Barrister's wig

Queen’s Counsel Round 2022 – The Bar Association’s Process

Following the Attorney-General’s announcement recently of a Queen’s Counsel round opening on 20 June 2022, we have received questions and comments about the process for consideration of QC candidates. I thought it might be helpful to outline the process that the New Zealand Bar Association | Ngā Aorangi Motuhake o te Ture has followed for the last few years and will likely follow again for this round.

As you will be aware, appointments are made on the recommendation of the Attorney-General and with the concurrence of the Chief Justice following consultation by the Attorney-General (through the Solicitor-General) with the New Zealand Bar Association and the New Zealand Law Society.

The Bar Association introduced a process several years ago to ensure independence and objectivity. The process involves assessments and recommendations by an independent advisory group, and only after the group has assessed each candidate carefully.

The members of the Bar Association’s QC Advisory Group (Advisory Group) are drawn from QC ranks around the country. It comprises 12-14 members and includes specialists who can assess applications from all areas of practice. To ensure objectivity, we avoid members of the group assessing applicants who come from the same geographical location.

The process is as follows:

  1. Applications are sent to the Solicitor-General together with the application fee.  The application form is available on Crown Law’s website.
  2. The Solicitor-General uploads all the applications to a confidential database that can be accessed only by the members of the Advisory Group, the Bar Association Executive Director, the NZLS QC assessors (described below) and heads of bench and a senior NZLS General Manager.
  3. The Bar Council delegates authority to the President to appoint the Advisory Group. In making the appointments, the President considers several factors including (but not limited to) regional representation, diversity, and practice areas.
  4. At the outset, the Advisory Group requires all its members to declare any interests. They record any relationship they may have with the individual candidates (both professional and personal) and how that might colour their view. The Advisory group considers this information, and if the declared interest is strong enough to suggest even a perception of bias for or against a candidate, those who have declared an interest may be asked not to comment on the candidate involved.
  5. The Advisory Group divides into two sections; civil and criminal. Their members review all applications.  Members of the group practising in the criminal area review the applications from those practising primarily in that area and, similarly, members practising primarily in civil litigation review applications from those practising in that area.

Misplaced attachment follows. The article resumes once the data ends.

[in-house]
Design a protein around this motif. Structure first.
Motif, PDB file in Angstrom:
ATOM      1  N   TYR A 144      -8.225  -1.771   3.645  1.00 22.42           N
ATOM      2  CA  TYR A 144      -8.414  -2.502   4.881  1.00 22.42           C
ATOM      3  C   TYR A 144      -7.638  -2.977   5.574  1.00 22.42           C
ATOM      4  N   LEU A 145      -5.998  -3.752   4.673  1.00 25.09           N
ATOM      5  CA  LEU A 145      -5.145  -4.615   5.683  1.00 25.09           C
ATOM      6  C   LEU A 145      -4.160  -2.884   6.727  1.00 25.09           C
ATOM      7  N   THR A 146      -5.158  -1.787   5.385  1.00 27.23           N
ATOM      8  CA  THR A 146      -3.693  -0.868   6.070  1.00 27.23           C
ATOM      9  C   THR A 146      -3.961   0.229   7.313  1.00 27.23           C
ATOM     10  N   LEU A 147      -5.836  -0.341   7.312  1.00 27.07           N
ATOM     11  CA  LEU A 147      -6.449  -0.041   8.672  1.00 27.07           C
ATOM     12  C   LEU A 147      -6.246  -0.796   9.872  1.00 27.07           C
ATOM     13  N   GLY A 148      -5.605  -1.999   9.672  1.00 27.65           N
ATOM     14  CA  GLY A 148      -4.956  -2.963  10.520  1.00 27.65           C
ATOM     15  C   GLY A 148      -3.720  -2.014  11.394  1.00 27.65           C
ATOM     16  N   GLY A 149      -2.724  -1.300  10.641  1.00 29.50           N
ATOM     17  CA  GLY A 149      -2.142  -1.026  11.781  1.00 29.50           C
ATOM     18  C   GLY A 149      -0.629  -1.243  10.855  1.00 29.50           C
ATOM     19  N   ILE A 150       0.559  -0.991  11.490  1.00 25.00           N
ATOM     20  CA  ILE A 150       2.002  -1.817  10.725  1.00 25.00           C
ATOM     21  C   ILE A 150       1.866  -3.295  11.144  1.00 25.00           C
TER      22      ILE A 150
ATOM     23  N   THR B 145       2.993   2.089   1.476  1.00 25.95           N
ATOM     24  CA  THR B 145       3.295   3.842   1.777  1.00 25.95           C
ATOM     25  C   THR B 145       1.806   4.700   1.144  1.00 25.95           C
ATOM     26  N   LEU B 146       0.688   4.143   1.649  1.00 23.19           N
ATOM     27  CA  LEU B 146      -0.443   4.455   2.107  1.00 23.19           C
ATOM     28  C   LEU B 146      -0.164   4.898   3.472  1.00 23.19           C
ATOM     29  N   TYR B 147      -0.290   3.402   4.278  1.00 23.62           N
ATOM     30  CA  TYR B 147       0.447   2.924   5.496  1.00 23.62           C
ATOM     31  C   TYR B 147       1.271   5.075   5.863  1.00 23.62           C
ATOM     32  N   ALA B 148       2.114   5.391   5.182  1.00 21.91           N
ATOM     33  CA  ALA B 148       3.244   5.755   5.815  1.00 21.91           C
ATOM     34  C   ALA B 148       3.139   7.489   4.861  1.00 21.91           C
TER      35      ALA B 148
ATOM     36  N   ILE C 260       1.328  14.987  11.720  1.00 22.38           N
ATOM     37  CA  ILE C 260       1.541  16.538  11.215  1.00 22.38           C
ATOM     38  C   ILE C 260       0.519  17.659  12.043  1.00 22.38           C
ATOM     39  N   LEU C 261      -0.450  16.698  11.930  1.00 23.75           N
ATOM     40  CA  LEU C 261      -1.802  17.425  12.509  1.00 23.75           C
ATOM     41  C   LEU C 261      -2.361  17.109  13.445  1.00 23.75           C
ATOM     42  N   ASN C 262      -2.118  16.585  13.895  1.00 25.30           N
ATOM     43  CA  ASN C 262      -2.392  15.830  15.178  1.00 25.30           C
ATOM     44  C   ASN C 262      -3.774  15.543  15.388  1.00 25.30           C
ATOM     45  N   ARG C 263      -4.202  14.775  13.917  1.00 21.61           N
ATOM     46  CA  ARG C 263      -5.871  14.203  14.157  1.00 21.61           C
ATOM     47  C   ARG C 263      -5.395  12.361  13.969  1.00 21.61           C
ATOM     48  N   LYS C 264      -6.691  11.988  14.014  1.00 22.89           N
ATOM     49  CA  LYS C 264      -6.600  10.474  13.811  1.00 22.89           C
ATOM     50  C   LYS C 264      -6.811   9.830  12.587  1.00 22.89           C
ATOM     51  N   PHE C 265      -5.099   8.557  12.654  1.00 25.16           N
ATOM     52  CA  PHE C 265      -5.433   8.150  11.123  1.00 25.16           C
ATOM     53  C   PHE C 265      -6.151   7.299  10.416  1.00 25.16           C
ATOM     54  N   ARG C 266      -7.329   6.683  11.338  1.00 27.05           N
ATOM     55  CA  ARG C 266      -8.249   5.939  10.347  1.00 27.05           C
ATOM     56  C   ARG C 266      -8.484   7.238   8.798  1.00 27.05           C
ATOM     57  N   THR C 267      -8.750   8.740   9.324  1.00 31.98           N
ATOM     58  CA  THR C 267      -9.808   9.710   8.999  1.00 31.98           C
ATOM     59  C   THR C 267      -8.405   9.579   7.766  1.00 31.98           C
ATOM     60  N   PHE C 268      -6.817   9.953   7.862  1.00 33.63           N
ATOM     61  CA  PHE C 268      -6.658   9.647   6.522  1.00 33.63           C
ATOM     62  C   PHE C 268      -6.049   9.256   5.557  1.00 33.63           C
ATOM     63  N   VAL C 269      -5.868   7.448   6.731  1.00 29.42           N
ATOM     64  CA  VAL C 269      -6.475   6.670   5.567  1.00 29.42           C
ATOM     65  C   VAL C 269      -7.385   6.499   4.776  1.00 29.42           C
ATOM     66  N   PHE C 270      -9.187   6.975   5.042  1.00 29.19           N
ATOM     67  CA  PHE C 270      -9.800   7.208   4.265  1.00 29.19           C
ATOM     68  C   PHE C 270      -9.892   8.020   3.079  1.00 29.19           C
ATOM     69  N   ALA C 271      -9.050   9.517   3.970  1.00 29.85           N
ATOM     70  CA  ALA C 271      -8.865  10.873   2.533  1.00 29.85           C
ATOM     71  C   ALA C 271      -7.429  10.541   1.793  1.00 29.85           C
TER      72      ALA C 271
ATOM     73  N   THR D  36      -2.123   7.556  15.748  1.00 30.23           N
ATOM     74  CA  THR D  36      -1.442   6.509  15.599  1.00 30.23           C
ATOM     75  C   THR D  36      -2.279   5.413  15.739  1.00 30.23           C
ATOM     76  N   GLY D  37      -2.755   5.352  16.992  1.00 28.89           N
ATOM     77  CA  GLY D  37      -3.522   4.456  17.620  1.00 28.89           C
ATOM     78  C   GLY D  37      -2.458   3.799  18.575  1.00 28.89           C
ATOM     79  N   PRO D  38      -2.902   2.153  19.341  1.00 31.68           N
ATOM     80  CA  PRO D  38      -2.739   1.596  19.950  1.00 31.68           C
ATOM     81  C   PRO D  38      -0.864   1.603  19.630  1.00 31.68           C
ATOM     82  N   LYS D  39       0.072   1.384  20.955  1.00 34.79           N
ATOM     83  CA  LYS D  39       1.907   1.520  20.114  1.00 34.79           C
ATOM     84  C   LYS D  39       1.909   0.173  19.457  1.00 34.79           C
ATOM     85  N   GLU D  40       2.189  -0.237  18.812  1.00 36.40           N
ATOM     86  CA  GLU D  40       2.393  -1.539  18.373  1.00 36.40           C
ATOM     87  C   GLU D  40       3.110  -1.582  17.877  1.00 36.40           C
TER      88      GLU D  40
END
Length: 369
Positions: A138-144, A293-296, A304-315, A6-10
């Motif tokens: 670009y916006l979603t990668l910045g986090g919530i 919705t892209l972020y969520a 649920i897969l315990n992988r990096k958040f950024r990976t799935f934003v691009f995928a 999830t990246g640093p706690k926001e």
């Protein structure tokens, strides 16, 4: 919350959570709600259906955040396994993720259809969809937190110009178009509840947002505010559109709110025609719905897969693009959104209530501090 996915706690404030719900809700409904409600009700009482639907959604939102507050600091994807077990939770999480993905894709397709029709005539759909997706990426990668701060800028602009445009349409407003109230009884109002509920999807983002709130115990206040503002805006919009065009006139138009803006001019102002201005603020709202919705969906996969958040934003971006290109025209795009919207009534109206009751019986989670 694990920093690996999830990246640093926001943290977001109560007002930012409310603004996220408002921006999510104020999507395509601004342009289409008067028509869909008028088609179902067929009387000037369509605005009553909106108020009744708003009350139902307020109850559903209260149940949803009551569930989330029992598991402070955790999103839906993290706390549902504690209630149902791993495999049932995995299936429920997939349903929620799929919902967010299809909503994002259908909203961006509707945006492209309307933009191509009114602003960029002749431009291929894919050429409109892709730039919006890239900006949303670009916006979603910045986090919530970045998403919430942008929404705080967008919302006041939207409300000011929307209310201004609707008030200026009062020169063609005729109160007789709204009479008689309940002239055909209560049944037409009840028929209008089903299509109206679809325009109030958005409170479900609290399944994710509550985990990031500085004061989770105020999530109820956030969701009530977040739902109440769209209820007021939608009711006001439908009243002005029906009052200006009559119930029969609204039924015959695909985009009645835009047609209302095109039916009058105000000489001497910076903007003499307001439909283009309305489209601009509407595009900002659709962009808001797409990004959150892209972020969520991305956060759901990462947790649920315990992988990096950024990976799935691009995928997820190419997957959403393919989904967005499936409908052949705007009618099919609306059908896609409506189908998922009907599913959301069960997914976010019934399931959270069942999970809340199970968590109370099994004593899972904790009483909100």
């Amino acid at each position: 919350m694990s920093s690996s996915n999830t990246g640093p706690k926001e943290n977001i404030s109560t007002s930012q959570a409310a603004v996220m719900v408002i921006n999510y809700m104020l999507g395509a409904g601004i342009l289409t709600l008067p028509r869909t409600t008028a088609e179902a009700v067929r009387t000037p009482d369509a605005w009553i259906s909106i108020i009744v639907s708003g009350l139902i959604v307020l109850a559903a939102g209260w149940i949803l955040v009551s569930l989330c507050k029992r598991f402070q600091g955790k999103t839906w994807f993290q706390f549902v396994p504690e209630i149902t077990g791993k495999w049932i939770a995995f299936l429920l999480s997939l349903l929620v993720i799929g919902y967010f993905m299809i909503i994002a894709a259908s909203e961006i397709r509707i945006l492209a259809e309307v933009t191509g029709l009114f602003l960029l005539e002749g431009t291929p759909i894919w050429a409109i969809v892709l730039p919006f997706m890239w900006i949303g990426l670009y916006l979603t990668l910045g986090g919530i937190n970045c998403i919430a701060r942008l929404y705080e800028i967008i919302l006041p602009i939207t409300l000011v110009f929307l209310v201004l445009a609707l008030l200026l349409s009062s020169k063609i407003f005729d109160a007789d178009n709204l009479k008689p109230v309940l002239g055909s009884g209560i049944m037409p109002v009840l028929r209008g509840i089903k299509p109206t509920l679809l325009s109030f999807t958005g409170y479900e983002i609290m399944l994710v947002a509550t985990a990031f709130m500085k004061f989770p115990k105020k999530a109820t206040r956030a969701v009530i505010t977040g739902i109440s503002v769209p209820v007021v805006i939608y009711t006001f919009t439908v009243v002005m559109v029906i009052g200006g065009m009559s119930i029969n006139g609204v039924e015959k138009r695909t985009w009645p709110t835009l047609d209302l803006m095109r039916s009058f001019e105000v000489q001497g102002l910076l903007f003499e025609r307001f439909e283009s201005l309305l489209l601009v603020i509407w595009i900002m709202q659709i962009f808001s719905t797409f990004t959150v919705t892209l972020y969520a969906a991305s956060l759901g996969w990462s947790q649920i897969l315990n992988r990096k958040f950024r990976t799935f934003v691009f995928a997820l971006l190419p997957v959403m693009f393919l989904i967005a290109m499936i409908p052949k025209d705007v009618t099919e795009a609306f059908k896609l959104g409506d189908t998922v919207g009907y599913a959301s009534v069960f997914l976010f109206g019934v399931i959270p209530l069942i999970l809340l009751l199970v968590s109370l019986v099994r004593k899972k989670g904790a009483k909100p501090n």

6. Each member of the Advisory Group is given approximately six to eight applications to review.  Generally, the applicants that each advisory group member is assigned to review do not come from the same geographical location as that of the advisory group member.
  7. Advisory Group members read the applications, read the cases and publications that applicants refer to in their application forms and contact the candidates’ referees.
  8. In the first instance, the civil and criminal members of the Advisory Group meet separately, by AVL, to discuss the candidates they are reviewing.
  9. All members of the Advisory Group then meet, by AVL, to discuss initial views.
  10. At that meeting, informal shortlists tend to be prepared and further enquiries are often assigned.
  11. The Advisory Group then meets in person over a full day to discuss all candidates, with the shortlists in mind.
  12. At the conclusion of that meeting, a draft list of applicants who have the support of the Bar Association is prepared.
  13. The President and another member of the Advisory Group then meet with the NZLS assessors and the Solicitor-General.  The NZLS assessors comprise two of the most senior Queen’s Counsel and are supported by a senior NZLS officer.  Those Queen’s Counsel and that officer will by this time have conducted their own comprehensive process.
  14. At the meeting, the NZBA and NZLS discuss all the candidates on their respective shortlists.
  15. Following the meeting, the Advisory Group meets again, by AVL, to discuss anything arising from the meeting.  Further enquiries may be made.
  16. The NZBA and the NZLS then each submit lists of the candidates who have their support to the Solicitor-General.
  17. The Solicitor-General provides these lists and discusses them with the Chief Justice.  By this time, the members of the judiciary will have conducted their own comprehensive consideration process.
  18. The Attorney-General, in consultation with the Chief Justice, will then decide upon the successful candidates.

The Bar Association maintains absolute confidentiality and privacy throughout its process.  The only people who see, or are told about, the applications are the members of the Advisory Group, the Executive Director and those consulted during enquiries about candidates.

The candidates are not known to, or discussed with, the wider Bar Association Council or the NZBA Secretariat.  All application papers are destroyed at the end of the process.

If you have any questions about the process, please feel free to contact our Executive Director. However, to ensure objectivity and independence in deliberations, please note that comments about or recommendations for individual candidates will not be considered outside the process described above. They will not be given to the President or the Advisory Group.

Paul Radich QC

Sponsors & Service Providers